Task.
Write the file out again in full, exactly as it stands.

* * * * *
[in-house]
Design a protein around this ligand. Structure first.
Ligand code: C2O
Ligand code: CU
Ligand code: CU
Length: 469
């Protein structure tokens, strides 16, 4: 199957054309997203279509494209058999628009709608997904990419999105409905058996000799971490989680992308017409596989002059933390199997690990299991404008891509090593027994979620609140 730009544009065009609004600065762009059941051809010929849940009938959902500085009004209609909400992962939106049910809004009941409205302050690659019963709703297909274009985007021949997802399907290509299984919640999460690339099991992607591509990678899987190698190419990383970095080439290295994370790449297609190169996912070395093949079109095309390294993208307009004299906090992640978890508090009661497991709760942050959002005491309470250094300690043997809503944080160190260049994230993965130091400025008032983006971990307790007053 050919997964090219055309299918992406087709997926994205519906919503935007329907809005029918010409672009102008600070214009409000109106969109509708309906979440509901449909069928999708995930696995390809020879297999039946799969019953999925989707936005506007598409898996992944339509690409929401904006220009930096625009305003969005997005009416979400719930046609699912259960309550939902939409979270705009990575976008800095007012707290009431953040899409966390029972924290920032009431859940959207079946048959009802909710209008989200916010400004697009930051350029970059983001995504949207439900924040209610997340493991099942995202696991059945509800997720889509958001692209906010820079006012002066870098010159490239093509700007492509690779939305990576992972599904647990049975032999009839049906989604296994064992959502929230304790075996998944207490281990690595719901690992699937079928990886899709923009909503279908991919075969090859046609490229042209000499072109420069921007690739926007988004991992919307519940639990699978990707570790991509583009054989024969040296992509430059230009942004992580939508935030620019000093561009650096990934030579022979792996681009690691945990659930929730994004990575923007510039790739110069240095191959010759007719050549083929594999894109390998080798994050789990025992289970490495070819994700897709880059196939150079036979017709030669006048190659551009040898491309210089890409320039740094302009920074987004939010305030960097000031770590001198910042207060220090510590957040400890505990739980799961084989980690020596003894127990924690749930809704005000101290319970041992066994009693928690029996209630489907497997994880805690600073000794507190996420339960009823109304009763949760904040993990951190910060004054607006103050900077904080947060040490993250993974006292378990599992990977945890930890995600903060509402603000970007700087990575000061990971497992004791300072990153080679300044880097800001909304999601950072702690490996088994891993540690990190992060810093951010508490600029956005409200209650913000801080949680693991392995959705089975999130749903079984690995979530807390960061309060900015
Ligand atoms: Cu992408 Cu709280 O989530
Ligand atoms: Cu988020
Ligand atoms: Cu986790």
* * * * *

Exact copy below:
[in-house]
Design a protein around this ligand. Structure first.
Ligand code: C2O
Ligand code: CU
Ligand code: CU
Length: 469
């Protein structure tokens, strides 16, 4: 199957054309997203279509494209058999628009709608997904990419999105409905058996000799971490989680992308017409596989002059933390199997690990299991404008891509090593027994979620609140 730009544009065009609004600065762009059941051809010929849940009938959902500085009004209609909400992962939106049910809004009941409205302050690659019963709703297909274009985007021949997802399907290509299984919640999460690339099991992607591509990678899987190698190419990383970095080439290295994370790449297609190169996912070395093949079109095309390294993208307009004299906090992640978890508090009661497991709760942050959002005491309470250094300690043997809503944080160190260049994230993965130091400025008032983006971990307790007053 050919997964090219055309299918992406087709997926994205519906919503935007329907809005029918010409672009102008600070214009409000109106969109509708309906979440509901449909069928999708995930696995390809020879297999039946799969019953999925989707936005506007598409898996992944339509690409929401904006220009930096625009305003969005997005009416979400719930046609699912259960309550939902939409979270705009990575976008800095007012707290009431953040899409966390029972924290920032009431859940959207079946048959009802909710209008989200916010400004697009930051350029970059983001995504949207439900924040209610997340493991099942995202696991059945509800997720889509958001692209906010820079006012002066870098010159490239093509700007492509690779939305990576992972599904647990049975032999009839049906989604296994064992959502929230304790075996998944207490281990690595719901690992699937079928990886899709923009909503279908991919075969090859046609490229042209000499072109420069921007690739926007988004991992919307519940639990699978990707570790991509583009054989024969040296992509430059230009942004992580939508935030620019000093561009650096990934030579022979792996681009690691945990659930929730994004990575923007510039790739110069240095191959010759007719050549083929594999894109390998080798994050789990025992289970490495070819994700897709880059196939150079036979017709030669006048190659551009040898491309210089890409320039740094302009920074987004939010305030960097000031770590001198910042207060220090510590957040400890505990739980799961084989980690020596003894127990924690749930809704005000101290319970041992066994009693928690029996209630489907497997994880805690600073000794507190996420339960009823109304009763949760904040993990951190910060004054607006103050900077904080947060040490993250993974006292378990599992990977945890930890995600903060509402603000970007700087990575000061990971497992004791300072990153080679300044880097800001909304999601950072702690490996088994891993540690990190992060810093951010508490600029956005409200209650913000801080949680693991392995959705089975999130749903079984690995979530807390960061309060900015
Ligand atoms: Cu992408 Cu709280 O989530
Ligand atoms: Cu988020
Ligand atoms: Cu986790």